“If we’re not hitting the ball well, too, we’re a young team still, and you can carry that into the field. You don’t want to let that happen, but it’s part of the game. You got to learn to move beyond miscues and just focus on the next play.”

Heyward, a four-time Gold Glove winner, missed two weeks with a sprained right finger and has already started nine times in center field (after doing that 21 times all last season). Zobrist has morphed back into a super-utility guy, starting 16 games at second base and 15 in two different outfield spots.

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Maddon has tried to drill the idea of making the routine play into Javier Baez’s head, so that the uber-talented second baseman can allow his natural athleticism and instincts to take over during those dazzling moments.

The Cubs are basically hoping Kyle Schwarber keeps the ball in front of him in left and setting the bar at: Don’t crash into your center fielder. Like Schwarber and Almora, catcher Willson Contreras hasn’t played a full season in The Show yet, and the Cubs are now hoping rookie Ian Happ can become a Zobrist-type defender all over the field.

“I’m seeing our guys playing in a lot of different places,” Heyward said. “It’s not just been penciling in every day who’s going to center field or right field or left field. We did shake things up some last year, but we did it kind of later in the season. We had guys settle in, playing every day. This year, I feel like we’re having guys in different spots.

“It’s May whatever, (but) it seems like we haven’t really had a chance to settle in yet. Not that we’re procrastinating by any means, but it’s just been a lot of moving pieces.”

The Giants won World Series titles in 2010, 2012 and 2014 with a formula that incorporated lights-out pitching, airtight defense and just enough clutch hitting. The Cubs are now a 22-21 team trying to figure it out again.

“Defense comes and goes, just like pitching,” said Kris Bryant, the reigning National League MVP, in part, because of his defensive versatility. “I feel like if you look at last year, it’s kind of hard to compare, just because it was so good. We spoiled everybody last year. Now we’re a complete letdown this year.”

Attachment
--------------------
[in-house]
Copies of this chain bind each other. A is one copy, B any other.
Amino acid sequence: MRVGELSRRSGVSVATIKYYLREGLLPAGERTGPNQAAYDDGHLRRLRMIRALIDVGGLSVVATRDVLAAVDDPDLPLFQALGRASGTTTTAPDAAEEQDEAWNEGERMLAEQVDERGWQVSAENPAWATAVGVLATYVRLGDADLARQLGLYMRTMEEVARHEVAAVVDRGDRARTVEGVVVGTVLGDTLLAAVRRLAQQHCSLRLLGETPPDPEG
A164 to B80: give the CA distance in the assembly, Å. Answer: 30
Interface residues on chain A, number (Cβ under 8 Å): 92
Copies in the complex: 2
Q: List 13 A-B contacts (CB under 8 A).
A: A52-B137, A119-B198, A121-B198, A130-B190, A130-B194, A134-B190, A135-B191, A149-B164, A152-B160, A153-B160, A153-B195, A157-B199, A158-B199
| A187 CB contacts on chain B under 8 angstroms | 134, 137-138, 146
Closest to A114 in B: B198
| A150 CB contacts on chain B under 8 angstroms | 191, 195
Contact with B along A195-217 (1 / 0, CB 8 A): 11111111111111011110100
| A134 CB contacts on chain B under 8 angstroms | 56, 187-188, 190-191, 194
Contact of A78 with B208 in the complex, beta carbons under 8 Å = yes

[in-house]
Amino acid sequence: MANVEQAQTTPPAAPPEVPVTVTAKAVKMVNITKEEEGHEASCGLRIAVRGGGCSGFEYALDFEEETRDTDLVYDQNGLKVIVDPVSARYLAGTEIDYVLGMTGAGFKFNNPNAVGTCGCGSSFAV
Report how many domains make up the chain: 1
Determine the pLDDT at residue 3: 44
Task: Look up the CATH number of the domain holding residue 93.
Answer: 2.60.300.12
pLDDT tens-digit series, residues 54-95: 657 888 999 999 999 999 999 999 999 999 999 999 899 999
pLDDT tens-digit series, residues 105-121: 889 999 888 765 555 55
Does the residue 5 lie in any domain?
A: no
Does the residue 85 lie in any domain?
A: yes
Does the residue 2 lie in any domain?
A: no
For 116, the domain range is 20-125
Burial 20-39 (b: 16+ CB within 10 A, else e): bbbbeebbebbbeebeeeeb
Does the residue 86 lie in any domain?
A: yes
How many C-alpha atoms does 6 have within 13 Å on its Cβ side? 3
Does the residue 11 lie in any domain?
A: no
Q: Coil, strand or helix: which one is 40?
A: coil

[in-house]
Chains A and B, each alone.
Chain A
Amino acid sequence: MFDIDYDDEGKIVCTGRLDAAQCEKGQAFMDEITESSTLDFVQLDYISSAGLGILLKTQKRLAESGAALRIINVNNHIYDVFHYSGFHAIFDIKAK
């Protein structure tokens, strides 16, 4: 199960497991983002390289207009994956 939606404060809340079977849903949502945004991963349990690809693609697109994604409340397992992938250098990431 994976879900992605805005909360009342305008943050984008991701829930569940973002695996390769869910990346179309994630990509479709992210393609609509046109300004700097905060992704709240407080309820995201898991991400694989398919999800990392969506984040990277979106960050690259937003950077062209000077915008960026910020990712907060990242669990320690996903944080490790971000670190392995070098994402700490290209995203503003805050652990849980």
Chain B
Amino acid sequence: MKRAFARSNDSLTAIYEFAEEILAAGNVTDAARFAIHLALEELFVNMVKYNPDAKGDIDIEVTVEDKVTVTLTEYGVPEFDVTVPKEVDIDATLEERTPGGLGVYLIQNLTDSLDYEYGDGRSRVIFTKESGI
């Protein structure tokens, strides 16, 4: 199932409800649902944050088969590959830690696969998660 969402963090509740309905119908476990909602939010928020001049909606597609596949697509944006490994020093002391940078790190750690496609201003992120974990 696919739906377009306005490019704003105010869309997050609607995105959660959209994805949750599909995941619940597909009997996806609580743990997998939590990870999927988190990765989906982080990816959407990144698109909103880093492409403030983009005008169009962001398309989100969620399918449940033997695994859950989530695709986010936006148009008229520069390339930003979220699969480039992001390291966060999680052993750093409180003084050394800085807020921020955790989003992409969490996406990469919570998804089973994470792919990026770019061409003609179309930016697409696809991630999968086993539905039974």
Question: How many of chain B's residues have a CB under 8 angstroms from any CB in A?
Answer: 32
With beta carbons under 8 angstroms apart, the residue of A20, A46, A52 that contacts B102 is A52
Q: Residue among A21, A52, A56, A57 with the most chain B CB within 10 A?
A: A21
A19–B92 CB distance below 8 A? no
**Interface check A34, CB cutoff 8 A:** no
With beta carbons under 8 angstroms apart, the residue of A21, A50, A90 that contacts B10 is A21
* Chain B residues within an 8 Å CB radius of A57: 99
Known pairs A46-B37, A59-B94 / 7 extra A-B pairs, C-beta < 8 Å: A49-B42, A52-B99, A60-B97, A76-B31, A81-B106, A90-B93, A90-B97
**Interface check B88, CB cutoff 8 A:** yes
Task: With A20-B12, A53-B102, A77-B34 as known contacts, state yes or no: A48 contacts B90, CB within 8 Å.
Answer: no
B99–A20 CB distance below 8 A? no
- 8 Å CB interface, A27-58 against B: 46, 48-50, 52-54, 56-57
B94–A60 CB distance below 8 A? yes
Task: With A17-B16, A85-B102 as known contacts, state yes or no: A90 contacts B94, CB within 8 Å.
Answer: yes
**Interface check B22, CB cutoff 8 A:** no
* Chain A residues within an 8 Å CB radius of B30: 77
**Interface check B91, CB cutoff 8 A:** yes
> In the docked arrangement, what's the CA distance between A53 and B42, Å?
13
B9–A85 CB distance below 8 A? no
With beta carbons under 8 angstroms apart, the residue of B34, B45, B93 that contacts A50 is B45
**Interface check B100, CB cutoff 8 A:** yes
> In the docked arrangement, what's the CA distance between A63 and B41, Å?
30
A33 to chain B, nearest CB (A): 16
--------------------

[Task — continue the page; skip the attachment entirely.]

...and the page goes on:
Bryant paused and said: “Just kidding. Different years, things regress, things progress, and that’s just how it goes sometimes.”

For Joe Maddon, Cubs winning World Series came down to Giant comeback in SF and avoiding Johnny Cueto in elimination game

For Joe Maddon, Cubs winning World Series came down to Giant comeback in SF and avoiding Johnny Cueto in elimination game

Jon Lester vs. Johnny Cueto at Wrigley Field – the playoff matchup the Cubs dreaded in an elimination game – will happen more than seven months later under far different circumstances.

The Cubs have a 2016 championship banner flying next to the iconic center-field scoreboard – the ultimate response to any questions about their slow start to this season. The San Francisco Giants can’t have Madison Bumgarner saunter out of the bullpen when he’s recovering from a dirt-bike accident, another reason why an odd-year team is much closer to last place than first in an improved National League West.

The Giants don’t have the same aura, because the Cubs staged an epic comeback to end a best-of-five division series last October, scoring four runs again five different relievers in the ninth inning at AT&T Park.

“I’m telling you, man, Game 4 pretty much won the World Series,” Joe Maddon said. “I did not want to see Mr. Cueto pitching back here again. I’ll get to see him (Tuesday night), but that’s OK, compared to whatever that day would’ve been.”

Maddon has admitted this already, but it is still telling from a manager who always tries to stay in the moment and ignore the negativity. It says something about a Giant franchise that had won 10 straight postseason elimination games and World Series titles in 2010, 2012 and 2014 – and a fan base that used to expect things to go wrong in Wrigleyville after more than a century of losing.

“That whole Game 4 in San Francisco, I did focus on that a lot,” Maddon said. “Just trying to understand Game 5 back at home – how this is going to play out – and do whatever we possibly can to win that game there that night in San Francisco.

“That was the game for me – out of the entire postseason. To have to play the Giants where they were battle-tested – Game 5, back here with (Cueto) pitching – I did not like that at all. I thought that pretty much the postseason hinged on that one game in San Francisco.”

Even though the Cubs still had to survive a 21-inning scoreless streak against the Los Angeles Dodgers before winning their first NL pennant in 71 years. And come back from a 3-1 deficit in the World Series and beat the Cleveland Indians on the road in a 10-inning Game 7 for the ages.

[RELATED: Cubs can't complete another miracle comeback against Giants bullpen]

“That’s what good teams do,” Giants manager Bruce Bochy said. “They’re a very talented club, very solid all around. You don’t win the World Series unless you are.

“Look back at our success, how many times were we looking at elimination? No, you’re never surprised in the postseason. Anything those teams do, it’s because they’re there for a reason. They’re very good.”

Lester beat Cueto in a 1-0 instant classic when Javier Baez lifted a 3-2 quick pitch into the basket beneath the video ribbon in the left-field bleachers. Cueto kept the Cubs so off-balance in Game 1 that Baez actually walked up to home plate in the eighth inning thinking bunt.

The Giants reacted to that Game 4 meltdown by giving All-Star closer Mark Melancon a four-year, $62 million contract at the winter meetings, trying to fix a bullpen that led the majors with 30 blown saves last season.

“It was close,” Bochy said. “Three outs from taking it to Game 5 with a pretty good pitcher going. We can speculate all we want. There’s no point in that. It didn’t happen.

“But, sure, you look back. That’s how tight that series was. Unfortunately, we couldn’t hold on. Give them credit – great job coming back. We’re a team that plays very well under pressure, and we did there. Just couldn’t hold on to that ninth inning.”